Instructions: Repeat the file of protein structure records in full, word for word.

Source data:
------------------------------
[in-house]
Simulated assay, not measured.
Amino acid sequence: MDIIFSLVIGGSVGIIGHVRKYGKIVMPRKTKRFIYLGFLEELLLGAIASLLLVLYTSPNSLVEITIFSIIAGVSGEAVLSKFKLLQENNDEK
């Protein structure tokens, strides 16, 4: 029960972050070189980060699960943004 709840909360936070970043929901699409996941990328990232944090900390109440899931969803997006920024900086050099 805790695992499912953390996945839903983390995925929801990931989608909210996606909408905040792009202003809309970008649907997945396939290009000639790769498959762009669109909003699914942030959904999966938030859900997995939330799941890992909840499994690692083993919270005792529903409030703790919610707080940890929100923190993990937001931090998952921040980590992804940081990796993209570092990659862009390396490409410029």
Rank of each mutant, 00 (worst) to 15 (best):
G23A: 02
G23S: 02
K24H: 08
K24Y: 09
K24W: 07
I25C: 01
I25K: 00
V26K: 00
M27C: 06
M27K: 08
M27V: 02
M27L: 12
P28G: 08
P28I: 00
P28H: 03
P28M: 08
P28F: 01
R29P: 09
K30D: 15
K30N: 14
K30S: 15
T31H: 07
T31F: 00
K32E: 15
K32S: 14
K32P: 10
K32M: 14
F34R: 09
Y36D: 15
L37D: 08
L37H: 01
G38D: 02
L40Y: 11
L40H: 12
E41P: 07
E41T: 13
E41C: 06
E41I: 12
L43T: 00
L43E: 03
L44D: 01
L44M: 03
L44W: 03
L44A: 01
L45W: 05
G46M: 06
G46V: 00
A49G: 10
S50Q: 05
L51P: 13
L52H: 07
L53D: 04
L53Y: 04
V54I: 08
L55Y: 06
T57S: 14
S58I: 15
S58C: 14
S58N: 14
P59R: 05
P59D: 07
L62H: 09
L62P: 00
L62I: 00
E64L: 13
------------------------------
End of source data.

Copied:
[in-house]
Simulated assay, not measured.
Amino acid sequence: MDIIFSLVIGGSVGIIGHVRKYGKIVMPRKTKRFIYLGFLEELLLGAIASLLLVLYTSPNSLVEITIFSIIAGVSGEAVLSKFKLLQENNDEK
């Protein structure tokens, strides 16, 4: 029960972050070189980060699960943004 709840909360936070970043929901699409996941990328990232944090900390109440899931969803997006920024900086050099 805790695992499912953390996945839903983390995925929801990931989608909210996606909408905040792009202003809309970008649907997945396939290009000639790769498959762009669109909003699914942030959904999966938030859900997995939330799941890992909840499994690692083993919270005792529903409030703790919610707080940890929100923190993990937001931090998952921040980590992804940081990796993209570092990659862009390396490409410029």
Rank of each mutant, 00 (worst) to 15 (best):
G23A: 02
G23S: 02
K24H: 08
K24Y: 09
K24W: 07
I25C: 01
I25K: 00
V26K: 00
M27C: 06
M27K: 08
M27V: 02
M27L: 12
P28G: 08
P28I: 00
P28H: 03
P28M: 08
P28F: 01
R29P: 09
K30D: 15
K30N: 14
K30S: 15
T31H: 07
T31F: 00
K32E: 15
K32S: 14
K32P: 10
K32M: 14
F34R: 09
Y36D: 15
L37D: 08
L37H: 01
G38D: 02
L40Y: 11
L40H: 12
E41P: 07
E41T: 13
E41C: 06
E41I: 12
L43T: 00
L43E: 03
L44D: 01
L44M: 03
L44W: 03
L44A: 01
L45W: 05
G46M: 06
G46V: 00
A49G: 10
S50Q: 05
L51P: 13
L52H: 07
L53D: 04
L53Y: 04
V54I: 08
L55Y: 06
T57S: 14
S58I: 15
S58C: 14
S58N: 14
P59R: 05
P59D: 07
L62H: 09
L62P: 00
L62I: 00
E64L: 13